But the fact remains that their activities have posed a serious and realised risk to human health, in Britain and abroad, for many years.

Veterinary reform is both necessary and inevitable.

The relevant passage is below, the full report is here.


She also called for a cut in the use of antibiotics in farm animals, one of the biggest causes of resistance to the drugs.
Controversially, she urged vets to slaughter sick animals rather than give them antibiotics to help them recover.
She said: 'I had a bit of a problem with some vets recently because I said, "Why don't you just slaughter animals when they're badly infected?" It seems to me much better because then they can't transmit them [antibiotics].
'At the moment, if you eat a farmed salmon in America it has probably eaten its own weight in antibiotics.'

Similar reports are now being carried in a number of news outlets and veterinary reaction is reaching the agricultural news.

Friday, 21 March 2014

Norway tackles MRSA in pigs and pig people


Big news on The Pig Site this morning here.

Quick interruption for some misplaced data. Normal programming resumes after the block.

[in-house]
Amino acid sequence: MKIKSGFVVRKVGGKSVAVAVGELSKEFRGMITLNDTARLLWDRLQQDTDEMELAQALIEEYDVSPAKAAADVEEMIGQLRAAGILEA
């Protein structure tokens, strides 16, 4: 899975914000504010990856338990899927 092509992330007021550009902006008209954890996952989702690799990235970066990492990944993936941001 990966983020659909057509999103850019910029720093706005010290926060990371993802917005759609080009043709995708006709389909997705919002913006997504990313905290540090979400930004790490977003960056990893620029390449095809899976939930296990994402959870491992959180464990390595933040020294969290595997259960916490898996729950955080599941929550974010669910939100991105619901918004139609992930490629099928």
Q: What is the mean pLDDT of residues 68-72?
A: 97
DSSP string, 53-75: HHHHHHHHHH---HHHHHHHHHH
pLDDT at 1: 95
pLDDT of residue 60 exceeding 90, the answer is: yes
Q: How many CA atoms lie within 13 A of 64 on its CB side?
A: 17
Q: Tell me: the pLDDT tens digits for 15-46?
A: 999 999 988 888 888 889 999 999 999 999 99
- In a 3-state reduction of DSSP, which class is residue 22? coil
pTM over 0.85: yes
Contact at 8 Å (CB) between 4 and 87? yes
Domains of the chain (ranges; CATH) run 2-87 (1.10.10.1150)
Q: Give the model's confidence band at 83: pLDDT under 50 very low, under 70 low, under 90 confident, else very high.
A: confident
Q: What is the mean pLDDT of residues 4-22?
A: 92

New Survey of MRSA in Norwegian Pigs to Begin

21 March 2014
NORWAY - The Food Safety Authority is to begin another survey of the prevalence of MRSA in pigs herds across the country...

The original Norwegian Government source is here.

You can see that they also think measures have to be taken to protect anyone handling pigs: something that does not happen in Britain, apparently because Britain's veterinary establishment still claim Britain's pigs are clear of MRSA.


Mapping of MRSA resumes
________________________________________
 Published 03/19/2014 | Last modified 20/03/2014


FSA restarts survey of animal associated MRSA, or LA-MRSA in Norwegian pig herds. Sampling starts next week.

Fact about MRSA